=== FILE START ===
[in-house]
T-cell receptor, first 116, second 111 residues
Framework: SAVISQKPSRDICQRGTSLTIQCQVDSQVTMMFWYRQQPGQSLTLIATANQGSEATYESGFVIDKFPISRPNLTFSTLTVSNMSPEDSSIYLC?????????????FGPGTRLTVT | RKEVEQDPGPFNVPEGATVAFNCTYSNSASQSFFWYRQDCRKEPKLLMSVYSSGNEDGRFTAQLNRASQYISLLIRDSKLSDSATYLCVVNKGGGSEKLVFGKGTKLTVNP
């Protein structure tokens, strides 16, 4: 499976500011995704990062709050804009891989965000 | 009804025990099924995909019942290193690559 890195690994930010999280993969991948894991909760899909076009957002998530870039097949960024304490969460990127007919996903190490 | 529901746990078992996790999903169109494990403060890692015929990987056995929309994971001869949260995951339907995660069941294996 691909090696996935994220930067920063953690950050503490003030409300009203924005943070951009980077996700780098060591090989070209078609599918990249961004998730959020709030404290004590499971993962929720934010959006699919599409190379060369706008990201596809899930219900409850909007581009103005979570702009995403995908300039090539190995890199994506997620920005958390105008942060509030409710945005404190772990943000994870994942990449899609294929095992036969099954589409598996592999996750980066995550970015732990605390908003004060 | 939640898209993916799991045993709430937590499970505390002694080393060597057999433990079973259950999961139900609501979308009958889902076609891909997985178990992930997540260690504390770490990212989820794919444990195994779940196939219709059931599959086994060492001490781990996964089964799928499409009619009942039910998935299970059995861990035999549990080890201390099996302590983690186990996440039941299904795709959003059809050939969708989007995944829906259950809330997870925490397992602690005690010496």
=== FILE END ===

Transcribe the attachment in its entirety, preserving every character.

[in-house]
T-cell receptor, first 116, second 111 residues
Framework: SAVISQKPSRDICQRGTSLTIQCQVDSQVTMMFWYRQQPGQSLTLIATANQGSEATYESGFVIDKFPISRPNLTFSTLTVSNMSPEDSSIYLC?????????????FGPGTRLTVT | RKEVEQDPGPFNVPEGATVAFNCTYSNSASQSFFWYRQDCRKEPKLLMSVYSSGNEDGRFTAQLNRASQYISLLIRDSKLSDSATYLCVVNKGGGSEKLVFGKGTKLTVNP
């Protein structure tokens, strides 16, 4: 499976500011995704990062709050804009891989965000 | 009804025990099924995909019942290193690559 890195690994930010999280993969991948894991909760899909076009957002998530870039097949960024304490969460990127007919996903190490 | 529901746990078992996790999903169109494990403060890692015929990987056995929309994971001869949260995951339907995660069941294996 691909090696996935994220930067920063953690950050503490003030409300009203924005943070951009980077996700780098060591090989070209078609599918990249961004998730959020709030404290004590499971993962929720934010959006699919599409190379060369706008990201596809899930219900409850909007581009103005979570702009995403995908300039090539190995890199994506997620920005958390105008942060509030409710945005404190772990943000994870994942990449899609294929095992036969099954589409598996592999996750980066995550970015732990605390908003004060 | 939640898209993916799991045993709430937590499970505390002694080393060597057999433990079973259950999961139900609501979308009958889902076609891909997985178990992930997540260690504390770490990212989820794919444990195994779940196939219709059931599959086994060492001490781990996964089964799928499409009619009942039910998935299970059995861990035999549990080890201390099996302590983690186990996440039941299904795709959003059809050939969708989007995944829906259950809330997870925490397992602690005690010496």